“Historically, the most important sensor has been the farmer’s eyes themselves as they observe the physical environment,” says Doug Sauder, Director, Digital Product Management & Analytics at John Deere.
“And what we’re doing with camera technology is really augmenting those human eyes with cameras. We’re augmenting and supporting the human brain with computers, and then we’re augmenting the human hand with robotics. And so those things really come together to give farmers additional tools.”
Speaking on Infinia ML’s Machine Meets World, Sauder says “this is no different than the type of innovation that we’ve been doing for 180 years. It’s just different than the steel plow. Now we’re talking about cutting edge technologies like AI, but it’s all about helping farmers be more productive, more profitable, more sustainable.”
More interview highlights:
The Demand for Agricultural Automation
“Sometimes the conversation about automation gets into, oh, are jobs going to be replaced by robots, those type of conversations. In farming . . . there’s a real labor shortage globally, a shortage in skilled labor. Farmers, our customers, are asking us for more automation. They want the ability for a lower skilled operator to be able to operate a piece of equipment that used to require someone with many years of training.”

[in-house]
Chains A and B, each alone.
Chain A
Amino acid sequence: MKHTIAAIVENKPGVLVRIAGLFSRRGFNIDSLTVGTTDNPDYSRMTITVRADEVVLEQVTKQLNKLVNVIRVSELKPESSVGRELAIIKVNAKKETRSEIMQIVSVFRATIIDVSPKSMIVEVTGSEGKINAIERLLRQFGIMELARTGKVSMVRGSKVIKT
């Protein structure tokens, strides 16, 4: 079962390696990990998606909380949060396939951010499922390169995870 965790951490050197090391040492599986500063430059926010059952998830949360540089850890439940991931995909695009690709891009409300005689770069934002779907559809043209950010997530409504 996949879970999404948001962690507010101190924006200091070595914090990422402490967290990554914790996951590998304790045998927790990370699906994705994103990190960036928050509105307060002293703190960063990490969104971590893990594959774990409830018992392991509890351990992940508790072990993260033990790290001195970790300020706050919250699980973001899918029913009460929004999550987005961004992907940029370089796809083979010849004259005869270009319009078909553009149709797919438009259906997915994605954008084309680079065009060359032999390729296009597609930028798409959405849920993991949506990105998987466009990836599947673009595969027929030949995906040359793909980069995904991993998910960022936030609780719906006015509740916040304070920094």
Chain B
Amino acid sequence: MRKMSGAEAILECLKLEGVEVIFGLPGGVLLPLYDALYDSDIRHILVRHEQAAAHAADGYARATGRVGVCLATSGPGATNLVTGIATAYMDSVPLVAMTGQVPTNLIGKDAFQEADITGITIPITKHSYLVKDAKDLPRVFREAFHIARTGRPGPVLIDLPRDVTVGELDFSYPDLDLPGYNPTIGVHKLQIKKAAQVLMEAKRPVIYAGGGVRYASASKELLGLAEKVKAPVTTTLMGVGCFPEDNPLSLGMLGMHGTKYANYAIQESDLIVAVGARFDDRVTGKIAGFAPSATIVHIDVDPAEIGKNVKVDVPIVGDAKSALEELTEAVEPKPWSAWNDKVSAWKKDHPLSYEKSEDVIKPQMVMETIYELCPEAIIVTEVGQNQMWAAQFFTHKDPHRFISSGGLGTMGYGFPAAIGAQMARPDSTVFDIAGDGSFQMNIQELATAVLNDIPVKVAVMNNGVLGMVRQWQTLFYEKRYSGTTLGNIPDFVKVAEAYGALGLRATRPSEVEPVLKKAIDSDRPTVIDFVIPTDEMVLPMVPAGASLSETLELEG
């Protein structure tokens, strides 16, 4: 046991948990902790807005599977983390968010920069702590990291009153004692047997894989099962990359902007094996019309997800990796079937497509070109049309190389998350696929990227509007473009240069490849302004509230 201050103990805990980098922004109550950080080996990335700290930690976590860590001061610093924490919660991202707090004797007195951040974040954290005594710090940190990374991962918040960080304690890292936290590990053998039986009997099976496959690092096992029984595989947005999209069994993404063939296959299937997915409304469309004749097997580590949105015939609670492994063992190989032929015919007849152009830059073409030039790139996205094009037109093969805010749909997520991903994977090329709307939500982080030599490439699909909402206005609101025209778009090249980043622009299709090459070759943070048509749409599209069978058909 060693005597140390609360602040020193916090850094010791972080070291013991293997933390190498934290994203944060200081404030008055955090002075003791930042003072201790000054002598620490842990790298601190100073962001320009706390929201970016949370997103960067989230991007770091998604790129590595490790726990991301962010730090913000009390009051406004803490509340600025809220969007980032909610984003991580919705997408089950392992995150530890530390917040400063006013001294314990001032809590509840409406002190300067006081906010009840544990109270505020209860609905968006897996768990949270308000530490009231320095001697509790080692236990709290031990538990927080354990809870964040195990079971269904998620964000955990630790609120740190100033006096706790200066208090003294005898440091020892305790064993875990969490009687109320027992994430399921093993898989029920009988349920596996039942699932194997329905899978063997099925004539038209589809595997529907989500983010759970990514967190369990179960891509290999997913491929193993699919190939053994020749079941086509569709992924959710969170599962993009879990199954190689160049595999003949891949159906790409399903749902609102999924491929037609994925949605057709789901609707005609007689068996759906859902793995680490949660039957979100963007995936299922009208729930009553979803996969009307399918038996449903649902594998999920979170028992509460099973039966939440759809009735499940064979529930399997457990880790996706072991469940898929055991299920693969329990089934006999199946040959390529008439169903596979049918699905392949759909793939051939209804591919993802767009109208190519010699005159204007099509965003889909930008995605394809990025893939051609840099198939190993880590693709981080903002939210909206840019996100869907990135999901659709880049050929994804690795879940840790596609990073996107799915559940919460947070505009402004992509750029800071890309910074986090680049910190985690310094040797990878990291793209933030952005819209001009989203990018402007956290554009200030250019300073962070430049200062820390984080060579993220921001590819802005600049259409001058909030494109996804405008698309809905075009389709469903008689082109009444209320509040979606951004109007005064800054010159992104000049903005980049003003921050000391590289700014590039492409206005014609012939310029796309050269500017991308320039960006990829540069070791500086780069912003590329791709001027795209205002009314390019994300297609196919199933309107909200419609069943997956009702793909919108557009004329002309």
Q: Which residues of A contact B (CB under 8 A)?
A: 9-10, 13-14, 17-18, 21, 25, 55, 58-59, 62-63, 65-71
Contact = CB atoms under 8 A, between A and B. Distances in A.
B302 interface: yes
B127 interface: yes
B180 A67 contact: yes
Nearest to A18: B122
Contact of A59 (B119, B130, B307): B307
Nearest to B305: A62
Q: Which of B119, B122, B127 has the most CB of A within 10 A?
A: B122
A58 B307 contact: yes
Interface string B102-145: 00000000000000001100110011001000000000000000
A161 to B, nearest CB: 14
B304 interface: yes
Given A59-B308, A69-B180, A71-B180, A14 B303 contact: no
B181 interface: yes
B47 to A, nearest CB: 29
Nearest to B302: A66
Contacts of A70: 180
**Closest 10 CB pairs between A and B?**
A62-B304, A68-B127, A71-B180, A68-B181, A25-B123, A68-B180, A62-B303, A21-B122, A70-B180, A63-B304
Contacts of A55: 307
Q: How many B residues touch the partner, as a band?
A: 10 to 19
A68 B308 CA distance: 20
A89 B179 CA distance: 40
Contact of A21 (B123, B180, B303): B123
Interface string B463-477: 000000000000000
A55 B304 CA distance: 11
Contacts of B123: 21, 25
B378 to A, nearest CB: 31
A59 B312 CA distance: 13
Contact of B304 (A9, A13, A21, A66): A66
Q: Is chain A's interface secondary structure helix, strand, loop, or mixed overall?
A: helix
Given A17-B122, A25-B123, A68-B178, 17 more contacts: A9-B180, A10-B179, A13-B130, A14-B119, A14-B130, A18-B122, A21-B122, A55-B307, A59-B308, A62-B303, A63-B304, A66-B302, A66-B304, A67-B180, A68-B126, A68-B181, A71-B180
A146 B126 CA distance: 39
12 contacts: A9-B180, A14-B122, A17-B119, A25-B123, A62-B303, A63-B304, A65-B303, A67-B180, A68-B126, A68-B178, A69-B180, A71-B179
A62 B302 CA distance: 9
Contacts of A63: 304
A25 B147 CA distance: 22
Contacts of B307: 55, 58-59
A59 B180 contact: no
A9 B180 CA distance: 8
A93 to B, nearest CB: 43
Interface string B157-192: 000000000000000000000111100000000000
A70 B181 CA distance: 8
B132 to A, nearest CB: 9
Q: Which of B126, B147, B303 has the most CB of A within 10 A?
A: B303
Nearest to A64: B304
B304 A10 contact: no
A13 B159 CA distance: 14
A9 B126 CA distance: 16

“And in addition to that, we’re really talking about automation doing for a farmer what they just can’t do without the technology. And so maybe to, I like to say that we’re helping farmers be better micromanagers. Micromanaging is also a bad word in business, but in farming, it’s a great word. . . . “
“Picture that your job as a farmer is to care for millions of [personal] gardens in a given season. You just can’t do that without technology that can automate and give the precise application of nutrients, the precise placement of seeds.”
Doing the Data Dirty Work
“Your AI strategy has to run on data. It’s easy to get focused on the exciting algorithm that’s going to be developed, the predictive model that’s going to be developed, but it’s the unglamorous work of collecting data, of assessing data quality, of building data pipelines and robust structures that allow for data scientists to get at that data.”
“Often you’ll find that data scientists will spend 70% of their time just wrangling the data to get it into a useful form. And so those investments in that foundational data acquisition and transformation pipelines, that’s really where the initial focus of a company should start. Because if you don’t have that data, you’re going to really struggle to create value on top of it.”
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Machine Meets World is Infinia ML’s weekly interview show with AI leaders.